When the Book of Acts describes Paul's evangelistic efforts, they almost always involve him reasoning with people (Acts 17:2, Acts 17:17, Acts 18:4, Acts 18:19). He reasoned with the Jews from the Old Testament Scriptures, but when he addressed the Greeks in Athens, he met them where they were by referencing what was familiar to their culture (Acts 17:22-31).

Of all the groups that Paul addressed, only the Jews from Berea were called "noble" or "noble-minded," because they "they received the message with great eagerness and examined the Scriptures every day to see if what Paul said was true" (Acts 17:11). In other words, they were receptive to the message, but they didn't accept it uncritically--they checked the Scriptures to see if what Paul said about the Messiah was true.

The Bereans were not motivated by jealousy like the Thessalonians, nor did they scoff like some of the Athenians. They simply evaluated the claims of Paul rationally, and this earned them the description "noble-minded."

The Spiritual Aspect of Faith

Although intellectual belief is important, by itself it cannot save us. James 2:19 says: "You believe that God is one. You do well; the demons also believe, and shudder. But are you willing to recognize, you foolish fellow, that faith without works is useless." The faith that saves is the kind that changes our hearts so that our actions follow. This is a gift to us from God, by his Spirit.

Ezekiel 36:26-27 prophesies: "I will give you a new heart and put a new spirit in you; I will remove from you your heart of stone and give you a heart of flesh. And I will put my Spirit in you and move you to follow my decrees and be careful to keep my laws." Saving faith enables us to receive what God wants to give, so that we may become everything God intends for us to be.

How do we get this kind of faith? Revelation 3:20 says: "Behold, I stand at the door and knock; if anyone hears My voice and opens the door, I will come in to him and will dine with him, and he with Me." All we have to do is surrender to God and permit him access to our hearts and our needs.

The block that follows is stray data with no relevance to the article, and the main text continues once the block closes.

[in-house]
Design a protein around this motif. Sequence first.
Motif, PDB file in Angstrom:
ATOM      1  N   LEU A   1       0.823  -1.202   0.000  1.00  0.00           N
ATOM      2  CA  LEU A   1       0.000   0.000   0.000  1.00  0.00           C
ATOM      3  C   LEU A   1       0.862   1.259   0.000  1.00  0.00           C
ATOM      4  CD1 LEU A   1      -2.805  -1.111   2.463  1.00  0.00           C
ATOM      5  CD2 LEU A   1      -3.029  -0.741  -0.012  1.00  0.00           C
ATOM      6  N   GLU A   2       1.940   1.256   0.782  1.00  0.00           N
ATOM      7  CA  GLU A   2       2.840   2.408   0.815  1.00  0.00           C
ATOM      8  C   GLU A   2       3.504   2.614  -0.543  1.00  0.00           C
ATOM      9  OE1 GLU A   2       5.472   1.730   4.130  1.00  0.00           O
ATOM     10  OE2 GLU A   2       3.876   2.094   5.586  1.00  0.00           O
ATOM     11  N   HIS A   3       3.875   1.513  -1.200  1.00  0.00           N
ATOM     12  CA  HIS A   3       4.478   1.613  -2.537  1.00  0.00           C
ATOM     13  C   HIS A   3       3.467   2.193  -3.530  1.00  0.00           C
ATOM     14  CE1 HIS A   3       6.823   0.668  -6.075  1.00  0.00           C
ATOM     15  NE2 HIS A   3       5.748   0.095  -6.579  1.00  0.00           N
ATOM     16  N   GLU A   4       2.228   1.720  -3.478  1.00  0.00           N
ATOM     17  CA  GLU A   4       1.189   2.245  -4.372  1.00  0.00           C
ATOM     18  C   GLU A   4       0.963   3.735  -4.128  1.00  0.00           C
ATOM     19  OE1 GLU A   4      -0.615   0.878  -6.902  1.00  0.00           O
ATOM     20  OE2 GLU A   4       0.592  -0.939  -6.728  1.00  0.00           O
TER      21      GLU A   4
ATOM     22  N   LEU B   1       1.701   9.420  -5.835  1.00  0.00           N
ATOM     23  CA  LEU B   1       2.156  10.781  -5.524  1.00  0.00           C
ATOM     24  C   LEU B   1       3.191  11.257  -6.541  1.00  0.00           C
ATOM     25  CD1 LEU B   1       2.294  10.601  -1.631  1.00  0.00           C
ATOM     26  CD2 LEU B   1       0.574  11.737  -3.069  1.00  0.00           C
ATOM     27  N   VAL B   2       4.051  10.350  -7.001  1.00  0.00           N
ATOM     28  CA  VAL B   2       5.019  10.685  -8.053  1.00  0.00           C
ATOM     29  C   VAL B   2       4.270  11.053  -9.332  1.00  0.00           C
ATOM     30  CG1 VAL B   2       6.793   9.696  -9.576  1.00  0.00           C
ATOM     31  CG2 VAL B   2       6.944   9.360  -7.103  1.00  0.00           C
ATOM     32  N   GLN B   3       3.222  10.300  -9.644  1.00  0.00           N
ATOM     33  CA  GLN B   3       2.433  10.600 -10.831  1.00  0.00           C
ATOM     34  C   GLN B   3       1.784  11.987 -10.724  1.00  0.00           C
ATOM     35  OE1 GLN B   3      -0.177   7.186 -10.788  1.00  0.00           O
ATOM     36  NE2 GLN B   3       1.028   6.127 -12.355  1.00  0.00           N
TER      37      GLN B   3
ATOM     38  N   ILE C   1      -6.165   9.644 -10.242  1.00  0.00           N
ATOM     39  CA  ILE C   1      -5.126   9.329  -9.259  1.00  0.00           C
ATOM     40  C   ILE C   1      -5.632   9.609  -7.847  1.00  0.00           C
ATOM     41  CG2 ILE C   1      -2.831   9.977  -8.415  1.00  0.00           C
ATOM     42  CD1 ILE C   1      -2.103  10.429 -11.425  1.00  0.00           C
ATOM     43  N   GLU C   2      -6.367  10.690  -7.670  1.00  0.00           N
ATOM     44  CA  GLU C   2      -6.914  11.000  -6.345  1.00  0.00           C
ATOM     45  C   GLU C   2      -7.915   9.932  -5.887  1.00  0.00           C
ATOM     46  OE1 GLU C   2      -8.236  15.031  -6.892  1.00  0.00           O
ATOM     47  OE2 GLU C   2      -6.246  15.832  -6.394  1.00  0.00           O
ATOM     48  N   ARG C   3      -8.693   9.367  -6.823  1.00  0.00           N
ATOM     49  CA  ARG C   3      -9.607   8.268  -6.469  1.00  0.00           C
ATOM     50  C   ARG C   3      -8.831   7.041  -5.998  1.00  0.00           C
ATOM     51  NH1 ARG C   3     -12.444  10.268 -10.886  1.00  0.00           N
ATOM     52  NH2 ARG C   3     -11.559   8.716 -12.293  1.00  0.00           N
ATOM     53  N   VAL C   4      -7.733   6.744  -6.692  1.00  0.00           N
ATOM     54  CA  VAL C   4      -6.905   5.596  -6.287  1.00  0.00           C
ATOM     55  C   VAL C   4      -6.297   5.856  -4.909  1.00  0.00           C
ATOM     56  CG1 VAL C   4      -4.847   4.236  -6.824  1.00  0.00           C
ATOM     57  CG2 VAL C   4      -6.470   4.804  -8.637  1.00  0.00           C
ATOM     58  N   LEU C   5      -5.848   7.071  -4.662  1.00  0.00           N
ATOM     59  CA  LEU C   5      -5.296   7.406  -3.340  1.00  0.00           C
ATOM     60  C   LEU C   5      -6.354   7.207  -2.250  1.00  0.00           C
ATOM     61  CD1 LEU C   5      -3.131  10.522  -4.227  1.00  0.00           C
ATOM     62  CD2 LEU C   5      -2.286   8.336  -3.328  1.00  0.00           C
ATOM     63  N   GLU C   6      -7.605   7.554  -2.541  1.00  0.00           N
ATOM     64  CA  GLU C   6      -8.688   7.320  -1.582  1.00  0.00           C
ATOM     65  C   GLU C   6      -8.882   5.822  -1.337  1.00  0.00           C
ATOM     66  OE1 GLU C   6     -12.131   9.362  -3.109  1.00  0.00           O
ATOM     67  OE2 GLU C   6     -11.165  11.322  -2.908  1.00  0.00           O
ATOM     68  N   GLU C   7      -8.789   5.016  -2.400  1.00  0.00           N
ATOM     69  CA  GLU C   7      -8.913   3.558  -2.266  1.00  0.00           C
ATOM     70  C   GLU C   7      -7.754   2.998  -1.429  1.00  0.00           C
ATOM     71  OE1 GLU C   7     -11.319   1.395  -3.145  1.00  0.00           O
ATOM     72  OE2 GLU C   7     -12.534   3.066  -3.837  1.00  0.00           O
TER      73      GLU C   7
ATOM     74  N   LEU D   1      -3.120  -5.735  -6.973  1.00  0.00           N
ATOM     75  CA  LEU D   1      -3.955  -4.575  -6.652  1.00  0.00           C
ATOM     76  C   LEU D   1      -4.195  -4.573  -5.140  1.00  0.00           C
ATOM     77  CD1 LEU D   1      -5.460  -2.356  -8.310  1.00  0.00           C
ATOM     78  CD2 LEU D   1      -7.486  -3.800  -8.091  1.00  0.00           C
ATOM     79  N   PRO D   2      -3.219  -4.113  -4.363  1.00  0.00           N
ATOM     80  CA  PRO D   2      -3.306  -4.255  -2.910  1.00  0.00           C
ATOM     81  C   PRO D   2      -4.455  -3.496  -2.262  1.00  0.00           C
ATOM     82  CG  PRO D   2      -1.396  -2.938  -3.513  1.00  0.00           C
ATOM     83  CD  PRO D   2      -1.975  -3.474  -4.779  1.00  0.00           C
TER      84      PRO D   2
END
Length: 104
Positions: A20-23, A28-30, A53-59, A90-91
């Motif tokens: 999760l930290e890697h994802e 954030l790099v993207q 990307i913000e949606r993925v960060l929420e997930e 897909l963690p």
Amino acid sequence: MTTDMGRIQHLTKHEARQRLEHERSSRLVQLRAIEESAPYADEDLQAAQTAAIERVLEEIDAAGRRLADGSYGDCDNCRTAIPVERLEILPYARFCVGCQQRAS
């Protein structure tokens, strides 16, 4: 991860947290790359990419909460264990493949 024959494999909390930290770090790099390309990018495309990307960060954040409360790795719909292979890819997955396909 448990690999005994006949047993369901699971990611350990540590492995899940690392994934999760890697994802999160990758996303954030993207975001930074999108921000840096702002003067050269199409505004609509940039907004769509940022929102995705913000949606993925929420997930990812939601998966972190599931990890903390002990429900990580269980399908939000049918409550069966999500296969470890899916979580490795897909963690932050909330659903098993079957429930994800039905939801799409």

This is not something we do just once. If we want to grow spiritually we have to keep an open door policy with God, so that we come to know him and let him do the renovation that needs to be done in us. The more we let that happen, the more we make it possible for God to work through us, building his kingdom.

Why Is Faith in the Resurrection Necessary for Our Salvation?

Paul says in 1 Corinthians 15:17: "If Christ has not been raised, your faith is worthless; you are still in your sins." And in Romans 6:10-11, he says: "For the death that [Jesus] died, He died to sin once for all; but the life that He lives, He lives to God. Even so consider yourselves to be dead to sin, but alive to God in Christ Jesus."

In The Resurrection of the Son of God, N. T. Wright uses the analogy of a bank account to explain what this means (he is referring to the word translated "consider" or "reckon" in Romans 6:11).
When Paul says 'reckon', he does not mean that the act of 'reckoning' something creates a new entity . . . the language of 'reckoning' is that of adding up a sum, a column of figures. When I add up the money in my bank account, that does not create the money; life is not, alas, that easy. It merely informs me of the amount that is already there. When I have completed the 'reckoning', I have not brought about a new state of affairs in the real world outside my mind; the only new state of affairs is that my mind is now aware of the way things actually are.
When Jesus died for us and rose again, he set up an eternal "bank account" for us with everything we could possibly need or desire forever. By his stripes we are healed from the explosive temper that controls us, the demanding ego that makes us and those close to us miserable, and every affliction of body or soul.

And we have to know about that for the same reason that if we possess a bank account containing a large sum, it does us no good if we have no idea it exists--or if we know about it but rarely get around to making a trip to the bank.

As Paul says in Ephesians 1:18-20: "I pray also that the eyes of your heart may be enlightened in order that you may know the hope to which he has called you, the riches of his glorious inheritance in the saints, and his incomparably great power for us who believe. That power is like the working of his mighty strength, which he exerted in Christ when he raised him from the dead and seated him at his right hand in the heavenly realms."

Faith means having the eyes of our hearts enlightened, so that we can understand that the power that raised Jesus from the dead is available to us. And that power comes from the Holy Spirit, whom we are given as a pledge of our inheritance when we believe (Ephesians 1:13-14).